As Simple as Possible (But Not Simpler): Model Reduction in the Treatment of Neurological and Cardiological Disease

Seminar / Lecture
For NYU Community

Mechanical and Aerospace Engineering
Department Seminar Series

Dan Wilson
Ph.D. Candidate
Department of Mechanical Engineering
University of California, Santa Barbara
Santa Barbara, CA

As technology continues to evolve at a rapid pace, scientists are able to observe and record more and more of the underlying dynamical behavior contributing to biological diseases. With these advances in technology comes a growing interest in applying dynamical systems and control theoretic tools to provide new insight into treatment options for medically intractable diseases. My particular focus has been on the creation and utilization of mathematical tools which can reduce the dimensionality and complexity of the differential equations describing nonlinear biological systems, making them amenable for further study. Attention is given to the problem of understanding the role deep brain stimulation (DBS) as a treatment for patients with Parkinson’s disease. Model reduction strategies provide starting point for merging two competing hypotheses for the therapeutic mechanism of DBS as a treatment for Parkinson’s disease and can also be used to suggest better stimulation strategies than those currently available. In addition to neuroscience applications, model reduction techniques facilitate the development of low energy electrical stimulation methods for the elimination of cardiac arrhythmias such as alternans, tachycardia, and fibrillation; all of which are associated with the emergence of cardiac arrest, a leading cause of death in the industrialized world.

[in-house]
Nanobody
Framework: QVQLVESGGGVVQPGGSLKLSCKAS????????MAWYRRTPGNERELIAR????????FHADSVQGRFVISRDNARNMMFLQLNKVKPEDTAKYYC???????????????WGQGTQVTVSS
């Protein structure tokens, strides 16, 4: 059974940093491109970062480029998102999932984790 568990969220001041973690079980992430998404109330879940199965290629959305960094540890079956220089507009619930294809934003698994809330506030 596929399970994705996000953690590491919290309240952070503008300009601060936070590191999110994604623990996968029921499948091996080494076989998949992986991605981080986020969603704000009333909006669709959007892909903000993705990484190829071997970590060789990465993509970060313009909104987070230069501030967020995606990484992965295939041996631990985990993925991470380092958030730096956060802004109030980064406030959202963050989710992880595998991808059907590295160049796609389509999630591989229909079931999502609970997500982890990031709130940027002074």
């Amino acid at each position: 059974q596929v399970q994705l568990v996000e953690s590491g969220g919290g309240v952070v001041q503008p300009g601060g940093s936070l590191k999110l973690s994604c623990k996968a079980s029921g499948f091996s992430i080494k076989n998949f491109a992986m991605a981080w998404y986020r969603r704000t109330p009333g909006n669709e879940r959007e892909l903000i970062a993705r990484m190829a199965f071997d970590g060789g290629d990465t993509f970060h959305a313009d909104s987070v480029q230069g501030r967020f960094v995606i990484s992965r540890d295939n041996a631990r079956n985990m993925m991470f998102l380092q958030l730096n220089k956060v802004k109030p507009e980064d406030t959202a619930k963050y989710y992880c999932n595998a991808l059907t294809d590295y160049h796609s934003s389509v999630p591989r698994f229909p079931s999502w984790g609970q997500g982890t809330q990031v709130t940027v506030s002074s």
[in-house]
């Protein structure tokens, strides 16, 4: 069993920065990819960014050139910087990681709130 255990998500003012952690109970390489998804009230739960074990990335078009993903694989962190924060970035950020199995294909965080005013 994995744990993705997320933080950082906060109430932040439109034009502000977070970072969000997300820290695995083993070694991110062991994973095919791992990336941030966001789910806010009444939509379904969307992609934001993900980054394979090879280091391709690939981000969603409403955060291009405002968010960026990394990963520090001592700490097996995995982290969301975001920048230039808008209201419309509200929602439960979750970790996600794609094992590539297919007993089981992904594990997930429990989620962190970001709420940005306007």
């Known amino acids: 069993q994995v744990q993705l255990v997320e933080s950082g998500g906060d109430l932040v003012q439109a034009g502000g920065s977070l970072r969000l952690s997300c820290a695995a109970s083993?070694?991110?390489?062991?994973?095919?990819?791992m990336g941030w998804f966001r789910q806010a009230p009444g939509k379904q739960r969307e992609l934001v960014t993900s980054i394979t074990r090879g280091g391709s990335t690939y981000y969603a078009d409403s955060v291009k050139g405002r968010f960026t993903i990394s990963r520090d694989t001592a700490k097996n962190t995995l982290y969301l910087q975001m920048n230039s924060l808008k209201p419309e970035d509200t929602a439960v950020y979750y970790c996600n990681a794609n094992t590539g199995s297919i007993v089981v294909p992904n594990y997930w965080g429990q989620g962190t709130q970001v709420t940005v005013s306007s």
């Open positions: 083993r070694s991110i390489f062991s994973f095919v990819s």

Dan Wilson is a doctoral candidate at the University of California, Santa Barbara. His work spans multiple subdisciplines in computational biology, including cardiology, neuroscience, and circadian rhythms. Dan has published multiple papers with emphasis on strategies for the reduction of complex and high dimensional systems with the goal of understanding their fundamental features that contribute to biological dysfunction.